BOOK REVIEW: Tornado Warning by Elin Stebbins Waldal

By Kit-Bacon Gressitt
Tornado Warning, a memoir by San Diego County author Elin Stebbins Waldal, will likely prove an effective catalyst for introducing an issue that rarely makes it into polite conversation: domestic violence, in particular teen dating violence.

For that reason alone, the book is a valuable tool for parents of adolescents on the verge of dating. In Tornado Warning, they will learn of Waldal’s gradual and secretive descent into a violent relationship at age 17, her survival, and her eventual campaign to share her experience so that it might help others.

Waldal tells her story in two voices that alternate throughout the book: the resurrected journal entries of a naïve teenage girl and the contemplations of a woman, wife and mother more than two decades later. The journal entries reflect the self-absorption of the teen years and the excruciating loss of a girl’s identity to the ravages of persistent intimate violence. Waldal captures both (maybe a little too much of the former), along with the shame and denial of the victim and the denial of her family members, who managed to be only peripherally aware of a problem, common in extended families that live with domestic violence.

Waldal’s contemporary reflections are written in sometimes lovely prose that reveals the long-lasting effects of abuse and her eventual struggles to use her experience to enlighten her children and others. She writes of the triggers that can return a former victim of violence to the desperate and fearful moments of her past. She writes of recovery, the creation of healthier relationships and, eventually, her need to acknowledge her past and transform it into something positive.

Tornado Warning was launched this month, coinciding with National Teen Dating Violence Prevention and Awareness Month, a national recognition in only its second year in the United States. The relatively new attention to the issue makes the book all the more valuable a resource, because “teen dating violence” has not yet entered the common lexicon. Waldal makes it clear in her memoir and on her website that she believes it should.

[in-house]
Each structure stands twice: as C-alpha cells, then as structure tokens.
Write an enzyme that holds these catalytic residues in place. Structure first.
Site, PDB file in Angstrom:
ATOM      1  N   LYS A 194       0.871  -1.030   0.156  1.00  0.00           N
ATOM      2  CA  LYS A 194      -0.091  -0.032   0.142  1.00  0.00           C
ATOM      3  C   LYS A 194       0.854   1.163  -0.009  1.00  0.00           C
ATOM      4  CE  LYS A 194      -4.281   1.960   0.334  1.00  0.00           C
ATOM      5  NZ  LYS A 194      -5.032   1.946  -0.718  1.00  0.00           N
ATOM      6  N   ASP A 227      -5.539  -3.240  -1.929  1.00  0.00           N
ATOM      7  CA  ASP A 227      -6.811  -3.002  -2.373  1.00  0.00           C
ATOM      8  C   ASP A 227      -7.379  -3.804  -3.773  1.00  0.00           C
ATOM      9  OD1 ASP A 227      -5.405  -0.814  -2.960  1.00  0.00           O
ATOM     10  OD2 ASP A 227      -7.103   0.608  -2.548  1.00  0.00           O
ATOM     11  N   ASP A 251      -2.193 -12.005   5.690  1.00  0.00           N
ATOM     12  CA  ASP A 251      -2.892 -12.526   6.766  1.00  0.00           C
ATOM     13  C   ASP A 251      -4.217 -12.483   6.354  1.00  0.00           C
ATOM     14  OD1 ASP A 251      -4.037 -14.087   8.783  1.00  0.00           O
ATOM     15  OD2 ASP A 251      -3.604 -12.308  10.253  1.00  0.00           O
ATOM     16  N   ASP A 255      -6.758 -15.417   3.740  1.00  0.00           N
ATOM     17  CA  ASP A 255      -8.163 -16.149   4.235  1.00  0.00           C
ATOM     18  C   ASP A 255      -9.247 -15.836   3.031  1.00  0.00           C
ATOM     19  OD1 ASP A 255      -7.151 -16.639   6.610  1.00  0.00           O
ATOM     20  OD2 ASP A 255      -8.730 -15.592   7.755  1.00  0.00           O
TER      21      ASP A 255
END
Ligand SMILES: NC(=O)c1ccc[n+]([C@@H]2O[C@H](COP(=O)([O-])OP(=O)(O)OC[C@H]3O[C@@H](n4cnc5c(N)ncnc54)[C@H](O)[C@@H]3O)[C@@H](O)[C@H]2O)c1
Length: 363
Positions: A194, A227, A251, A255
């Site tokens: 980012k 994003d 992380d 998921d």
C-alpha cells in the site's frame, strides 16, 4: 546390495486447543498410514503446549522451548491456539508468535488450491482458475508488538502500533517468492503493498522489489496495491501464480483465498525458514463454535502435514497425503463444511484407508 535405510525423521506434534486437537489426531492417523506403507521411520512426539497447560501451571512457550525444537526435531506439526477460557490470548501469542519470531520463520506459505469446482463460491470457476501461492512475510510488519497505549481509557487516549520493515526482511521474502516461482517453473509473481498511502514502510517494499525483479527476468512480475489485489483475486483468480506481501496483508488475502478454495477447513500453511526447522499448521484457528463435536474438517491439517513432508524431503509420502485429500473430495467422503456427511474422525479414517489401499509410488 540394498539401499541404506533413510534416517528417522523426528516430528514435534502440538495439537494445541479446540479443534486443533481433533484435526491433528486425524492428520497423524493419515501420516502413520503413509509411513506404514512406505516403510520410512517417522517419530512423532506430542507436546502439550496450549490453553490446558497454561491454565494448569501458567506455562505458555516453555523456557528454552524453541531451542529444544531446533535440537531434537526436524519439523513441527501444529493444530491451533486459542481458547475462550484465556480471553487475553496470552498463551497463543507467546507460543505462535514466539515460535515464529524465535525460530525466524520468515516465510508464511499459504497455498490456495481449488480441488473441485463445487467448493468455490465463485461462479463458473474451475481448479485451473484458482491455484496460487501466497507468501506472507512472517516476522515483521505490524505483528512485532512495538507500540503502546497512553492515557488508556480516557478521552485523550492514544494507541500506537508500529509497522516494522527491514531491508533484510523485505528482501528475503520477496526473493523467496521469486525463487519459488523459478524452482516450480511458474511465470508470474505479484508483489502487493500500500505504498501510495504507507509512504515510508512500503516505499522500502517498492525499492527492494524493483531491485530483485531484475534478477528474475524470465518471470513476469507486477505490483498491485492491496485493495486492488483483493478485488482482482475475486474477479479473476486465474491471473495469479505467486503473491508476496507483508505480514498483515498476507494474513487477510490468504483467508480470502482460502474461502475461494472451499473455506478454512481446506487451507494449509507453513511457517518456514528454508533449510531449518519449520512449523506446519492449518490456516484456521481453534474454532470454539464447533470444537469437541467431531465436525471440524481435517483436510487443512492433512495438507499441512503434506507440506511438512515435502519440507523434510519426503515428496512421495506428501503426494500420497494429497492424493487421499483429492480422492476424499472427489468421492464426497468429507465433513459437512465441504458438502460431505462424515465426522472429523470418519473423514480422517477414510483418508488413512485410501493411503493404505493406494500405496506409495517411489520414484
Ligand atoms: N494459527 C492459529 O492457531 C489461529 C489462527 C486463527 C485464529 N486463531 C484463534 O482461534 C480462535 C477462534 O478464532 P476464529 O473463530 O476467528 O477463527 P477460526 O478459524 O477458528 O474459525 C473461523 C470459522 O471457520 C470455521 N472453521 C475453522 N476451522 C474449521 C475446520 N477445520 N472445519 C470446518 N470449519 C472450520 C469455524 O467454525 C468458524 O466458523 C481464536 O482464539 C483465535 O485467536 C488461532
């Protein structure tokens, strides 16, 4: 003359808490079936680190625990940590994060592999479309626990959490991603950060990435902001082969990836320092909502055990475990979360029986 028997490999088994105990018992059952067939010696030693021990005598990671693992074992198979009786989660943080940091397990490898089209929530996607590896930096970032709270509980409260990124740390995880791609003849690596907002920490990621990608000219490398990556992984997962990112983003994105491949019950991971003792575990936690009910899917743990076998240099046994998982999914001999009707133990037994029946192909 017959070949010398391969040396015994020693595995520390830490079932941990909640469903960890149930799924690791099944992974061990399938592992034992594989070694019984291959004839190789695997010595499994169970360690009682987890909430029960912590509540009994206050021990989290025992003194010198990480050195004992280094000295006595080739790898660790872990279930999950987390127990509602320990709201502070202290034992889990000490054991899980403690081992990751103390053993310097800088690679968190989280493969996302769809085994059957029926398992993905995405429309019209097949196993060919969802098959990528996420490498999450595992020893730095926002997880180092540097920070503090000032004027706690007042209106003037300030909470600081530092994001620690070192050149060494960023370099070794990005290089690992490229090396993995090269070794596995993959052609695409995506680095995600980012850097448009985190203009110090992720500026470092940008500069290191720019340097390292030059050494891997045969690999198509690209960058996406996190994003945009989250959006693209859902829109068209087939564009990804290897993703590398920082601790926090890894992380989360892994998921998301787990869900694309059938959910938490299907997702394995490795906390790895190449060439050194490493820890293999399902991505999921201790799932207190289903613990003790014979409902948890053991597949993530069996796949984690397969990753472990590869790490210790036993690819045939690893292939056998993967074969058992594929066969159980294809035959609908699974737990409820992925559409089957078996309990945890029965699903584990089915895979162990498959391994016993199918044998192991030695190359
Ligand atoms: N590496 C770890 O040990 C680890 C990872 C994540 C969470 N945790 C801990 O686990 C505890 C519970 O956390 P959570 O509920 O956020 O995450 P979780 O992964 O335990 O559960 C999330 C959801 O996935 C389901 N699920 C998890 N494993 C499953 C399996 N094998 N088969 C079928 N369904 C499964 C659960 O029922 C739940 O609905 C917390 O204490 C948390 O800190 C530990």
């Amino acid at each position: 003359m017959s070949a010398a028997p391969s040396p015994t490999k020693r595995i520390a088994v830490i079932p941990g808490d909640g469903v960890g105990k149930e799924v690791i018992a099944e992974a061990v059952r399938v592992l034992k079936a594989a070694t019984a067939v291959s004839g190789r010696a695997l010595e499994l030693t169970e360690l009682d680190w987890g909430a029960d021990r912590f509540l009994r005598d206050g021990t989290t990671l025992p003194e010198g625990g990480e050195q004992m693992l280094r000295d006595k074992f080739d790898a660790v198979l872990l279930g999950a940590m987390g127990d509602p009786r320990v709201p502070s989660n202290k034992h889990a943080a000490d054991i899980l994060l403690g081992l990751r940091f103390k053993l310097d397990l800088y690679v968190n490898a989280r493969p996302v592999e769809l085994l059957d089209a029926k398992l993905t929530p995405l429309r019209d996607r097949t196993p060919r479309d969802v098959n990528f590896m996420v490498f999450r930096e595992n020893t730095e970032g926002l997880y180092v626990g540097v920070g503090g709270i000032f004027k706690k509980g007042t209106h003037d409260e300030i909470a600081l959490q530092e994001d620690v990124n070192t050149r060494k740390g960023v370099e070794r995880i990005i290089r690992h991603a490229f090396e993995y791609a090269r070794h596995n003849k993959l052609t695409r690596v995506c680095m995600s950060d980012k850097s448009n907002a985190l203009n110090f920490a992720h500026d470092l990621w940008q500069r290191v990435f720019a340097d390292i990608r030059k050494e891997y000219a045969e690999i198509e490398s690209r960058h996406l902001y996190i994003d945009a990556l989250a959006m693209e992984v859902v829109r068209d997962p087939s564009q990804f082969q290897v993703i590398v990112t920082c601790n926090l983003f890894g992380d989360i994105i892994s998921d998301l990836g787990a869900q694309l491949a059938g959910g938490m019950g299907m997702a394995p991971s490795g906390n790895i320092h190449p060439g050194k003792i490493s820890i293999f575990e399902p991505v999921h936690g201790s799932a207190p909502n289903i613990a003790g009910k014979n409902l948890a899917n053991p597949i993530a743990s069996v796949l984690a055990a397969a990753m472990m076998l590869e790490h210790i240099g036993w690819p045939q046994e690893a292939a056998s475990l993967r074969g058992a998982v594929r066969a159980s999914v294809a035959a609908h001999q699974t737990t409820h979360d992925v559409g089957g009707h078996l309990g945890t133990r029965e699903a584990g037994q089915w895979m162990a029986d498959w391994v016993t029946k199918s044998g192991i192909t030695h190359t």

Tornado Warning exposes the individual realty of the national statistics of teen dating violence. According to the National Resource Center for Teen Dating Violence Awareness Month, one in three female adolescents is a victim of physical, emotional or verbal abuse by a dating partner; females between ages 16 and 24 experience the highest rate of intimate partner violence, almost triple the national average; and violent behavior often begins between the ages of 12 and 18. (For more information, visit http://www.teendvmonth.org/.)

While Waldal’s book is likely to serve the important purpose she has set for it — to educate parents and, ultimately, help other girls and women — the memoir lacks some insight and, hence, the resulting explanation of the more complex dynamics that sustain a violent relationship and that bring it to an end.

There is little discussion of the forces affecting family and friends that stymies intervention by those who care for the victim and suspect — or even know — that there is a problem, but do not act to protect her. And, most noticeably, Waldal’s description of her departure from the relationship seems vague, without clear understanding of what it took to reclaim her freedom and her life. Yet this is the crux of abusive relationships: why people remain in them and why they leave, when they are able to leave alive.

Tornado Warning is an important memoir, but an unresolved one. What it lacks suggests the author might still be seeking some understanding of her theme. Yet Waldal’s prose is tender and lyrical. Perhaps she will lend it to another effort to further enlighten those she hopes to help.

Note: Help is available at National Dating Abuse Helpline: 866-331-9474.

Crossposted at the North County Times.